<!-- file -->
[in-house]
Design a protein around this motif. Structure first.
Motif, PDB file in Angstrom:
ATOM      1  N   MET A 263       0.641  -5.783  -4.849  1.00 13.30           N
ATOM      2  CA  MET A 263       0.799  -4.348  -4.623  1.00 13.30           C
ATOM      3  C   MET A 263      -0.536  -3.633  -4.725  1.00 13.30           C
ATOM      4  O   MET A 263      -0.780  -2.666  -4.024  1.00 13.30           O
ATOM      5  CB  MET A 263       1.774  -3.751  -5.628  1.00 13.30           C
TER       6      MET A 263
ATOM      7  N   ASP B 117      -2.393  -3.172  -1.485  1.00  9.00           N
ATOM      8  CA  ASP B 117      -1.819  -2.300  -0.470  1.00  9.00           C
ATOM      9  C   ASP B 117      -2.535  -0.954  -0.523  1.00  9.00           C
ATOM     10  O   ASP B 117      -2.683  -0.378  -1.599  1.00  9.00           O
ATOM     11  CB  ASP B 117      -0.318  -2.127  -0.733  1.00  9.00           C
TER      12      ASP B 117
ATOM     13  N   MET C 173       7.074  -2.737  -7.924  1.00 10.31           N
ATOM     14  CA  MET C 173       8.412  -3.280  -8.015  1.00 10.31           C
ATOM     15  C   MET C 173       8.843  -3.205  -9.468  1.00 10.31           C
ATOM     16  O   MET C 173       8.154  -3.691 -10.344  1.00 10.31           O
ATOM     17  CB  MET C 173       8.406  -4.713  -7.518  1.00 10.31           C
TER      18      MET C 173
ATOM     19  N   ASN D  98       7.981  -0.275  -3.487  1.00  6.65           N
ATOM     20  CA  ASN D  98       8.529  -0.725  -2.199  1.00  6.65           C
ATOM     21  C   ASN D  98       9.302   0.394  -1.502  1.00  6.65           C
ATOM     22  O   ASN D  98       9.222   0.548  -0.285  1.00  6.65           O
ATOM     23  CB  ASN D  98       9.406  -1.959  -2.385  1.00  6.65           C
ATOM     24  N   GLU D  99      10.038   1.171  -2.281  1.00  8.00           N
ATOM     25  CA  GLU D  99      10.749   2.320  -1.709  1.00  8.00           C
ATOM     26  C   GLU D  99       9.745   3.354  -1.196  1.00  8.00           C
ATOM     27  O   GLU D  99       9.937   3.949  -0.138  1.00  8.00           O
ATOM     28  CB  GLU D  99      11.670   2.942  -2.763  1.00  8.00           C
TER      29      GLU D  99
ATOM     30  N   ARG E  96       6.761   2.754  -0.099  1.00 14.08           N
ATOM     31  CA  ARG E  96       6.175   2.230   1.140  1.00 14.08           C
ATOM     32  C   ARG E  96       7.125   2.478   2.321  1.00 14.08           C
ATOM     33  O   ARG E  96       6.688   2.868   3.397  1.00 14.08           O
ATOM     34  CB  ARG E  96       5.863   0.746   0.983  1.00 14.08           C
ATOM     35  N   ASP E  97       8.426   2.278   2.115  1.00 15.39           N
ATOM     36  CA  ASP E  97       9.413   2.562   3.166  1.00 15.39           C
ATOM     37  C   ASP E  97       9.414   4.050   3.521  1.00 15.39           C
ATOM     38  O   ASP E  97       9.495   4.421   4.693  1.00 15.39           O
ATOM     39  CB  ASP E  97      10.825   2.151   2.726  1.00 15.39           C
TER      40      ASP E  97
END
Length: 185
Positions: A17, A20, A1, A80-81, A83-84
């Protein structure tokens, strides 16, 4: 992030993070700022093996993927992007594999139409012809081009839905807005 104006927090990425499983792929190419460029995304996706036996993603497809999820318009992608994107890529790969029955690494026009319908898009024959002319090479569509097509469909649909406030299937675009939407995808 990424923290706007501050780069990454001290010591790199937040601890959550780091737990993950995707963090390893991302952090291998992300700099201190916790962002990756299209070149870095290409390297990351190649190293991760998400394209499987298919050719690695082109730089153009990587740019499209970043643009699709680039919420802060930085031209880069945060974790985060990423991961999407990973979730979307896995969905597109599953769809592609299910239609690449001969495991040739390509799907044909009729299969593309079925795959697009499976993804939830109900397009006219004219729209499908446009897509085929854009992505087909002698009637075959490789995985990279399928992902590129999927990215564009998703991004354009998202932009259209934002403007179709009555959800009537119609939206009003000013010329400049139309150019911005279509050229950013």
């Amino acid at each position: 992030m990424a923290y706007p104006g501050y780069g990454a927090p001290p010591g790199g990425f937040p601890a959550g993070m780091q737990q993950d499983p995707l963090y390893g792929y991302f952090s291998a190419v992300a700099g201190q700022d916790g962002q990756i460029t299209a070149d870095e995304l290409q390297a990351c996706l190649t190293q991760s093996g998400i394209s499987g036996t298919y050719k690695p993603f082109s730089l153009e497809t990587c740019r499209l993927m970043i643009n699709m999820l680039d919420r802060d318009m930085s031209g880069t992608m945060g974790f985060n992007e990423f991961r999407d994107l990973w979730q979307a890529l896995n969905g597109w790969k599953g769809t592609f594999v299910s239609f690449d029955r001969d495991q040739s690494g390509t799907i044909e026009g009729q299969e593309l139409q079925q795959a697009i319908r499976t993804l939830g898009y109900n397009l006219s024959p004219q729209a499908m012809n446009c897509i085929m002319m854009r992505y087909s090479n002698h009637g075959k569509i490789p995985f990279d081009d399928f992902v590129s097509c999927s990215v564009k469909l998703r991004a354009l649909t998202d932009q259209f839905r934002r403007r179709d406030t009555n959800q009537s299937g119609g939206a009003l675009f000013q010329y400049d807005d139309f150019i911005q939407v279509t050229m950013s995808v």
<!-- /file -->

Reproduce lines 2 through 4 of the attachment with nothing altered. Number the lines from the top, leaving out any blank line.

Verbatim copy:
Design a protein around this motif. Structure first.
Motif, PDB file in Angstrom:
ATOM      1  N   MET A 263       0.641  -5.783  -4.849  1.00 13.30           N